War of the Rebellion: Serial 015 Page 0207 Chapter XXIV. GENERAL REPORTS.

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Question by the COURT. Do you mean to be understood that on the morning of the 29th General McDowell was no longer responsible for the movements and command of General Sigel's corps and Reynolds' division; and, if so, produce the orders, if you can, investing him with such command before the 29th, and state any orders which may have been given relieving him.

(The witness produced a certified copy of General Orders, Numbers -, dated Headquarters Army of Virginia, Warrenton Junction, August 27, 1862; which is appended to the proceedings of this day and marked A.)

Answer. I did not consider General McDowell as having any command over the corps of General Sigel, or as being responsible for the movements of that corps any time during the 29th August. I sent orders to General McDowell on the morning of 29th August, directed to him at Manassas Junction, instructing him to call in Ricketts' division and join it with King's, and in conjunction with Major-General Porter march upon Gainesville by the road from Manassas Junction. On the morning of the 29th August, until the close of the campaign of Virginia, General Sigel's corps, as every other corps of that army, was under my immediate command and received my direct orders. In relation to the division of General Reynolds, I had supposed, until otherwise informed, that it had also fallen back with King's division to Manassas Junction. I sent no orders to General McDowell or to General Sigel changing the relations they had with each other when they marched from Warrenton, for the simple reason that no such orders were needed, the connection between them being dissolved of necessity, either by the separation of the corps or by my own personal presence with them. It is not necessary to state to the court that I had no authority to merge into one two army corps established by the orders of the President; that any temporary connection between them, wherein one corps commander should command, both corps, would only last so long as they served at a distance from the general-in-chief of the army to which they belonged.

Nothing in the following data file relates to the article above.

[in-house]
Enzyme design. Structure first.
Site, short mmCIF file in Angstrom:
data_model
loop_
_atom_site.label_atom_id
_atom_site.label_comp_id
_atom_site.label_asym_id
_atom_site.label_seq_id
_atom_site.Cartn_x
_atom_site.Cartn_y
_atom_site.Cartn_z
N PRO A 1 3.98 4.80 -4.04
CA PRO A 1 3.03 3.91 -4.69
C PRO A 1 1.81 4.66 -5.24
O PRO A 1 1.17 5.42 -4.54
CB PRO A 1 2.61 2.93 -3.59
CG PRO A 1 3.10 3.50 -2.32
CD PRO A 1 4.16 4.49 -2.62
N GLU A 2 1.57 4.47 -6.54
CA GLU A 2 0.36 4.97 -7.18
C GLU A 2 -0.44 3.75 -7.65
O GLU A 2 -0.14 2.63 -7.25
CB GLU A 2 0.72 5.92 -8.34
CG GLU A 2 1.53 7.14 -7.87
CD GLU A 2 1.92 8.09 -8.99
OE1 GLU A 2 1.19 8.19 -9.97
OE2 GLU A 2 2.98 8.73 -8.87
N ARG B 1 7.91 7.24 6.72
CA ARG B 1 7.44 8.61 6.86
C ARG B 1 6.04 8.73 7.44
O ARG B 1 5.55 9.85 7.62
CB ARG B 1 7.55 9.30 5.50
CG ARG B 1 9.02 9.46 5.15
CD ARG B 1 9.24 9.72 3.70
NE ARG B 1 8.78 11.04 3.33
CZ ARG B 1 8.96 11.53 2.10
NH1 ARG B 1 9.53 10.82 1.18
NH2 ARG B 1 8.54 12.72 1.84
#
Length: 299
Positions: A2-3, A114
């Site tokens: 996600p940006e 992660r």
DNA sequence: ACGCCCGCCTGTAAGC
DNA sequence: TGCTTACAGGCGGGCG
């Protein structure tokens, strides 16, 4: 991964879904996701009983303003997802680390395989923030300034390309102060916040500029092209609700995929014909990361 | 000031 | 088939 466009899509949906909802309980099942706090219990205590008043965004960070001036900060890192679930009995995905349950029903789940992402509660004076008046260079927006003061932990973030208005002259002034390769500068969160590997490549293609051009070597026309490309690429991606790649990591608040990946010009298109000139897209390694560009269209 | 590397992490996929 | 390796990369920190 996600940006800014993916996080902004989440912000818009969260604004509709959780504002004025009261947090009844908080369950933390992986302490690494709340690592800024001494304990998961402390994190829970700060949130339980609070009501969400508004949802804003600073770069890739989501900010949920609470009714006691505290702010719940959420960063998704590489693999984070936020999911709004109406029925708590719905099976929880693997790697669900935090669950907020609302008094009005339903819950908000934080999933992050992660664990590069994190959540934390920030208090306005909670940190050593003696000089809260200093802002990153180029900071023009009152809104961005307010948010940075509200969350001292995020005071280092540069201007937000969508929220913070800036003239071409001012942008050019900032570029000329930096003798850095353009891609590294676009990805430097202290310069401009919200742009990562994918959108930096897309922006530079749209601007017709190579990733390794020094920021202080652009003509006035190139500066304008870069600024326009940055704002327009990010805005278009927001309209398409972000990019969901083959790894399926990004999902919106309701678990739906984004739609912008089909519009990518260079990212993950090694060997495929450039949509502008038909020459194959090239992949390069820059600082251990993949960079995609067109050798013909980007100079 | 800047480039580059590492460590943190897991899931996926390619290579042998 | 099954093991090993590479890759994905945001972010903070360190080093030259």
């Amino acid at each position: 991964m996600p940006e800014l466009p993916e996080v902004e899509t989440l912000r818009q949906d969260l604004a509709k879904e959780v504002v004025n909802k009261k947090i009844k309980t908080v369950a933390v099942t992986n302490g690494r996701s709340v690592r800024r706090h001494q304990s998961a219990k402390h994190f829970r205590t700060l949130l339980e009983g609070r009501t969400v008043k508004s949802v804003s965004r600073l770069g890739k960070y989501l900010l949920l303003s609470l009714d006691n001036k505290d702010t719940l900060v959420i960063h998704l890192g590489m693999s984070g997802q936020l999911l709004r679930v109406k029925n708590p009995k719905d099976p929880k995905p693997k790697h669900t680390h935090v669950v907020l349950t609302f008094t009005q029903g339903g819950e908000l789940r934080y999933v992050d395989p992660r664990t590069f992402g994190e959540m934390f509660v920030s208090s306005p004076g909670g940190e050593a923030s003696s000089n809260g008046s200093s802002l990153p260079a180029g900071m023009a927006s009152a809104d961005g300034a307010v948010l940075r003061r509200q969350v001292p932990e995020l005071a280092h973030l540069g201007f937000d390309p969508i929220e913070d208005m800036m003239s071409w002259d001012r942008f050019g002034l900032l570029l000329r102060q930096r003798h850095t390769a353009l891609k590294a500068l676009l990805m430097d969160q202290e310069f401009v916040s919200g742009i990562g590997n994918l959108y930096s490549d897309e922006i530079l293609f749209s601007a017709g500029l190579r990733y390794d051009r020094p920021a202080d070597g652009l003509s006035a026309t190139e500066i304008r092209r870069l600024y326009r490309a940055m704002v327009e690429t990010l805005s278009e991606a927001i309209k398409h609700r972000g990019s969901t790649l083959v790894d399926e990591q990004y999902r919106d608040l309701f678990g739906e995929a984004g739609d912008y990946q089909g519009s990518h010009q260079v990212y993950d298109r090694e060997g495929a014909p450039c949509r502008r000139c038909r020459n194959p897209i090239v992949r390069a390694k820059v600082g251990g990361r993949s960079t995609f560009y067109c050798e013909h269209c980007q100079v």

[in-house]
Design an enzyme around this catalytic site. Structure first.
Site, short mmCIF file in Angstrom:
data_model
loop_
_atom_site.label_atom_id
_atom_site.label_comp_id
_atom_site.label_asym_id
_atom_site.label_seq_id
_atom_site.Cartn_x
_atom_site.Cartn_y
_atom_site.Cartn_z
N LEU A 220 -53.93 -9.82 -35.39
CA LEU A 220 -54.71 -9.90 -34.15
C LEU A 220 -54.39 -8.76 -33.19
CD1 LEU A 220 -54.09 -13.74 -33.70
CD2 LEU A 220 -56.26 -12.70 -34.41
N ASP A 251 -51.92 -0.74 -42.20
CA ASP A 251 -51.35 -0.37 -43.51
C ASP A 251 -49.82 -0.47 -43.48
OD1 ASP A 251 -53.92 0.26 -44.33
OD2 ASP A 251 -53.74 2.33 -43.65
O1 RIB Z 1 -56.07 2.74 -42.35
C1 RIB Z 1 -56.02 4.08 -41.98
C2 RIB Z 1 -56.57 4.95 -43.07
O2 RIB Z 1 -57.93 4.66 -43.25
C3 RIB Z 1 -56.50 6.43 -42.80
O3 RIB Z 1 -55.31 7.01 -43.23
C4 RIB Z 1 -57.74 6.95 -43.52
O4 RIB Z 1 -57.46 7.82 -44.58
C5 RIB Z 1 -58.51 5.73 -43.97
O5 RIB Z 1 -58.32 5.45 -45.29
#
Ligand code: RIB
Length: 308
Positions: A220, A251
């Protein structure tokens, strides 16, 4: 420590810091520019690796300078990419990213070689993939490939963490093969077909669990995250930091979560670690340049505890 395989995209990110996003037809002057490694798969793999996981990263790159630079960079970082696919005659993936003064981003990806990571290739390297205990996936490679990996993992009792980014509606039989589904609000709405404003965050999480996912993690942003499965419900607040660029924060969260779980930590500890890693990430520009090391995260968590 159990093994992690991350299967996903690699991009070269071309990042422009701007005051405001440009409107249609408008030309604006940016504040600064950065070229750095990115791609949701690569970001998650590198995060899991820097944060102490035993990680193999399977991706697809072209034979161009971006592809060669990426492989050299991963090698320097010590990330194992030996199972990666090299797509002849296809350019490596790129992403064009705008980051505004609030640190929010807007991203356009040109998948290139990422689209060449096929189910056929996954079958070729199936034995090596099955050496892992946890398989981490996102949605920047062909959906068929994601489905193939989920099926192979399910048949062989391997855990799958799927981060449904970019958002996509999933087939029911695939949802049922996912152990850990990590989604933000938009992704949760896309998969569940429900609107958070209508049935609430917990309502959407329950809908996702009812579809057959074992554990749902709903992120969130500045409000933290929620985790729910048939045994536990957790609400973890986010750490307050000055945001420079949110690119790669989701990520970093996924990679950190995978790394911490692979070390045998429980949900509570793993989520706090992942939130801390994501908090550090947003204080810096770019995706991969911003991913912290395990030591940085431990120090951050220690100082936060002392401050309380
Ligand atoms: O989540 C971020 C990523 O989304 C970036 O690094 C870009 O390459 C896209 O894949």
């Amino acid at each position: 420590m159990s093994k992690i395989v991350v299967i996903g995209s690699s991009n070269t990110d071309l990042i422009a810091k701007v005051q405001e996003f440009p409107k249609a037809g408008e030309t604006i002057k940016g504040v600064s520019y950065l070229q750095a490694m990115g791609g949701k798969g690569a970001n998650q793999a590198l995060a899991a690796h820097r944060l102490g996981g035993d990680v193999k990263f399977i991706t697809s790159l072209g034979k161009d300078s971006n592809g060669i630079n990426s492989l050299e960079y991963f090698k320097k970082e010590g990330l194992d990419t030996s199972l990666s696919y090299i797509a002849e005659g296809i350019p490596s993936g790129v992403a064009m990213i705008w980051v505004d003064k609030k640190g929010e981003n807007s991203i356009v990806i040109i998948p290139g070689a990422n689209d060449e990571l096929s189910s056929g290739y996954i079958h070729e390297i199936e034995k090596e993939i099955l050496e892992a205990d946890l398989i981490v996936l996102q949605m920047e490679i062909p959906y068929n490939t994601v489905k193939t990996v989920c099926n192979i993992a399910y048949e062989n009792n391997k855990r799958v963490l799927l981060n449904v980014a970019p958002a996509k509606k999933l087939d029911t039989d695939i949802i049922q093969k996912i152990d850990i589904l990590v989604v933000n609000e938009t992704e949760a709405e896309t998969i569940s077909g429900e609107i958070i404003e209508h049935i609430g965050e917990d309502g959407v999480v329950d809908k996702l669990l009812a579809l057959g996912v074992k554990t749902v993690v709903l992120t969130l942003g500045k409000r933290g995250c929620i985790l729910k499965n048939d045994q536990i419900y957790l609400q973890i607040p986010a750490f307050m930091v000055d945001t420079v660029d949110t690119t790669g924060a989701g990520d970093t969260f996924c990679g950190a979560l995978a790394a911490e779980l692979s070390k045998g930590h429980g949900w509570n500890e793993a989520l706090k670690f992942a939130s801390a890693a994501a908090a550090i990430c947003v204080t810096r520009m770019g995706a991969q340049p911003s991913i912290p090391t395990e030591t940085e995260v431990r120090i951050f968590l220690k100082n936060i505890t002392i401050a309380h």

On the 29th August I received various reports from General Sigel before I reached the field of battle; saw him many times during the day of 29th, and gave him several orders personally and by aides-de-camp. I did not understand, nor did I presume General Sigel to understand, that he was responsible to anybody except myself for any movement of his troops or for any orders he might receive during that day.

Question by the COURT. What did you suppose the force of the enemy immediately under Jackson to have been on the 28th August, 1862?

Answer. The information upon which we deduced an opinion upon that subject was in the nature of things uncertain and to some extent unreliable. I myself supposed Jackson to have, including his own, Ewell's, and Hill's division, at the least 25,000 men, or between that and 30,000 though officers having the same sources of information estimated his forces as high as 35,000 men.

Question by the COURT. Produce the orders to which reference was made in your direct examination of yesterday.

The witness produced an order from Major General John Pope to Major-General Sigel, dated Headquarters Army of Virginia, one mile below Warrenton, August 24, 1862-1 p.m., and order from Major-General Pope to Major-General McDowell, dated Headquarters Army of Virginia, Warrenton Junction, August 26, 1862; which are appended to the proceedings of this day and marked respectively B and C.

The foregoing orders were read by the recorder.

Question by General McDOWELL. Please state if, under the last order of the afternoon of the 28th, which reported the enemy on the Orange and Alexandria Railroad and which required General McDowell to march his troops to Centreville, he would not be justified in sending his troops by way of Bethlehem Church and New Market, provided that order found one of his divisions nearer that road than any other and that it should be the most direct to Centreville from where the order found it?

Answer. Certainly. The order directed General McDowell to move by the most direct road from where he was to Centreville. Where his troops were I cannot exactly say.